A reflection written by Women’s Center staff member, MJ Jalloh Jamboria
The following is a little of my experience as a queer Muslim person. I recognize that my experience is not reflective of Islam, nor of the community of people I met at the Interfaith Center.
For the first time since last Eid al-Fitr, a Muslim holy holiday, I went to Jumu’ah (congregational Friday prayer). I met a person on campus who extended a warm hand and invited me to prayer which took place at the Interfaith Center. I was both excited and terrified for a plethora of reasons. I was excited to sit amongst my sisters, to rejoin the community I had left behind me as I entered college, and to listen to the guest Sheik that was invited to give the khutbah, the congregational sermon.
In the days leading up to the Friday prayer, all I could talk about was how excited I was that I finally had a friend to go to Jumu’ah with. I quickly realized, I had no idea how to be practicing Muslim anymore. I was once a Sunday school teacher and was really quite good at incorporating Islamic teachings into my life. However, since the start of college, I hadn’t really thought about being religious. I am not hijabi, a woman who wears hijab full-time. I’m not even a woman! I sometimes eat gelatin (oops!) and I don’t think I own a single piece of ‘modest’ clothing. I am a fat, queer, shorts and T-shirt wearing, ‘you kiss your mother with that mouth?’ swearing, mess of a person! Muslim people can be all of these things, but in prayer there are certain rules we must submit to. The expectation for women is to stand in a section separate from men, covered in appropriate prayer attire and hair and neck wrapped in a veil. The thought of completing some of these actions made me nervous.
Friday came and I finally decided upon an outfit that was appropriate, picked a hijab and walked over to the Interfaith Center. The prayer went well, I loved the khutbah (the sermon given by the person who leads prayer, usually the Sheik) and I felt like was I finally home. Even though I had only spent an afternoon with these sisters, I knew I found a community of women who understood and loved me. In fact, the khutbah before the prayer was almost serendipitous. The Sheik recited a line about friendship. He reminded the congregation that we should all find friends that we love purely for God’s sake. With the women that surrounded me, I felt I finally found the very friends the Sheik was talking about.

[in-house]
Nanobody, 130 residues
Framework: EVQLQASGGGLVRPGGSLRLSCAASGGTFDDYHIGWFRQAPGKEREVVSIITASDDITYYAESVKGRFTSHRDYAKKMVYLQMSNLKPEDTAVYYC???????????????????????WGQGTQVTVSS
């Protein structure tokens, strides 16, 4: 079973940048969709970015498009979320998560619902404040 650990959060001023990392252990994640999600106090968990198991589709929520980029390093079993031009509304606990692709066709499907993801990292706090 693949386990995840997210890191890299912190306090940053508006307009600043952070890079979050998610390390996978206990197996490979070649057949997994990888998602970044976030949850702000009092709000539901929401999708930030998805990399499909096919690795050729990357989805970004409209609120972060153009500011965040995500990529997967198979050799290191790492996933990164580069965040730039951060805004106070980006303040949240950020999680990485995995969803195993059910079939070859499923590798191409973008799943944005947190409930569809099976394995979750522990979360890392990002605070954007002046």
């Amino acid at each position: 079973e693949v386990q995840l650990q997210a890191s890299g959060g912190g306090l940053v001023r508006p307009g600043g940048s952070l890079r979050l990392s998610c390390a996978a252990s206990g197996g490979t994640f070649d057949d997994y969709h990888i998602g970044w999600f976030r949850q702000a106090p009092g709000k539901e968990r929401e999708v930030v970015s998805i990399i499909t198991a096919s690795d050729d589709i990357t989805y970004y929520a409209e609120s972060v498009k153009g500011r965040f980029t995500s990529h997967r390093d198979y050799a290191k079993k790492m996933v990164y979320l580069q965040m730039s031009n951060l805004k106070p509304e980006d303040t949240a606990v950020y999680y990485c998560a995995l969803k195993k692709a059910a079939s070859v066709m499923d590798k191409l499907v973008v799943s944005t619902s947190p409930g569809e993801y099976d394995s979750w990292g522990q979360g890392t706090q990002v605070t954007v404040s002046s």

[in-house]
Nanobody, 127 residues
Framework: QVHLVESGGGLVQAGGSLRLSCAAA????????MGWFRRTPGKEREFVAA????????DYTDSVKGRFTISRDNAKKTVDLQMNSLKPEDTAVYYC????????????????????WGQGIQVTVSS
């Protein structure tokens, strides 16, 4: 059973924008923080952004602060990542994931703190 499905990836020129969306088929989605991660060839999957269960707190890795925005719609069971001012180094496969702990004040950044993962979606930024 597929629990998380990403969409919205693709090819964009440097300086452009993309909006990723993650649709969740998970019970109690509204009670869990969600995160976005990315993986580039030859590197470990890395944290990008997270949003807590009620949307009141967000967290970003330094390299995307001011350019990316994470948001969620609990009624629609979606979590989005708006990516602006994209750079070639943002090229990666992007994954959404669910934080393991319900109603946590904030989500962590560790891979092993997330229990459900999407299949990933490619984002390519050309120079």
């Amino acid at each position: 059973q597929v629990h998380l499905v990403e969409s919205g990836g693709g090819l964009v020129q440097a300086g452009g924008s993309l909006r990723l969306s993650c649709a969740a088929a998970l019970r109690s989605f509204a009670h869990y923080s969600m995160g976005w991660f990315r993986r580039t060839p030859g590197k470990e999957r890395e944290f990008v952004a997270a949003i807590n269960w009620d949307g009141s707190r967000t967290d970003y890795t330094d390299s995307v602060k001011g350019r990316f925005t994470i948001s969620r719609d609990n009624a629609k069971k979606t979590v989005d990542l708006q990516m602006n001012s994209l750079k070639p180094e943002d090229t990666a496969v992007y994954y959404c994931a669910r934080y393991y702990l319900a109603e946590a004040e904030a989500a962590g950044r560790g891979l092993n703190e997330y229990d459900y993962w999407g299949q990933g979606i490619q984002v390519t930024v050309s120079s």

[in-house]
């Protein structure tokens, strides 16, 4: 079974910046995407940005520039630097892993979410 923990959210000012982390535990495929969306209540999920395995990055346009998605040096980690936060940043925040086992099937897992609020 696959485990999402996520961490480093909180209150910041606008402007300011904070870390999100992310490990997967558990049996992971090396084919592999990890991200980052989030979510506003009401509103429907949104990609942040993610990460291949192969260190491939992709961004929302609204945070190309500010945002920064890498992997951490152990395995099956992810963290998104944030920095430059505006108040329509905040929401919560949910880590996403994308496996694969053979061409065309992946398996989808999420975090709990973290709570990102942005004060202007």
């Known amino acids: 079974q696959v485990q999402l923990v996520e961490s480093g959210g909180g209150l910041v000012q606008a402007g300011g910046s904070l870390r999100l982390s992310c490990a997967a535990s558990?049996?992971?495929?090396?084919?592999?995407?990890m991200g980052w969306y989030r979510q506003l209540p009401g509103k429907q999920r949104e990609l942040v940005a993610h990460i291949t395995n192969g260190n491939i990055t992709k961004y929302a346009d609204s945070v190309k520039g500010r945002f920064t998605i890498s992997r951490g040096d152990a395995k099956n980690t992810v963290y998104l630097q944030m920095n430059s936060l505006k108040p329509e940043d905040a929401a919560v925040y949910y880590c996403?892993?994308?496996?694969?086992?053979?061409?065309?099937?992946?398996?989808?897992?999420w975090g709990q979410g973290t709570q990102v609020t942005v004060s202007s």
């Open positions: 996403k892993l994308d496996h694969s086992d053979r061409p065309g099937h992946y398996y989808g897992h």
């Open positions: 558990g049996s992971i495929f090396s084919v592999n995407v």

Despite all of the affirmation I felt in the space, I was (and am) still challenged by the fact that a large part of my identity has to be put on hold to enter into this space of prayer. Since high school, simple and arbitrary gender markers have been instrumental in the way that I’ve been able to present my identity. My name, the way I dress and talk, even the way I wear my hair have become the only way I can really be non-normative and express who I am. As I got ready for prayer that morning, I felt like I was hiding and changing who I am. I had to find clothes that weren’t form-fitting and that covered my body. I put on a hijab and while I love what hijab represents, it too plays a role in covering up important parts of my identity. I’ve been growing my locs for the past 2 years and they’ve become a prized familial tradition I don’t want to hide. But, both the hijab and the clothes were material. Whenever I was asked my name, I cringed as I introduced myself as Sister Mariam as opposed to “MJ.” I love my birthname. I love the woman I am named after and I love the religious significance of my name. But, I hate lying. I am no longer Mariam. I am not the pious Sunday school teacher anymore. I’m MJ, a queer, potty-mouth, music-loving, dances in their underwear kind of person who also happens to be Muslim.
While it would be easier to just not stress over being called by my birthname and changing my appearance, I think I owe it to myself to look for a space where all of my identities are acknowledged and valued and allowed to intersect. I’ve previously felt like I had to filter parts of myself to fit into certain spaces. In queer and feminist spaces, I’ve felt a disconnect from my religion. While in Muslim settings I’m forced back into the closet. It’s important to find communities and spaces where all of our identities and embodiments are acknowledged, valued, and perhaps even loved!
I have yet to return to the Interfaith Center. Two weeks have gone by, and instead of joining the congregation, I steal glances as I pass the Center on my way to The Commons. I haven’t decided whether or not I’ll be going to another Friday prayer just yet. I want to be among my sisters again, but not at the cost of other parts of my identity that I’ve worked so hard to be able to express.
For more on practicing and incorporating intersectionality into our lives and feminism, check out Why Our Feminism Must Be Intersectional (And 3 Ways to Practice It) from Everyday Feminism.
And, to read another person’s experience related to intersectional feminism and her Muslim identity, read Maha Saleem’s reflection on AAUW’s blog.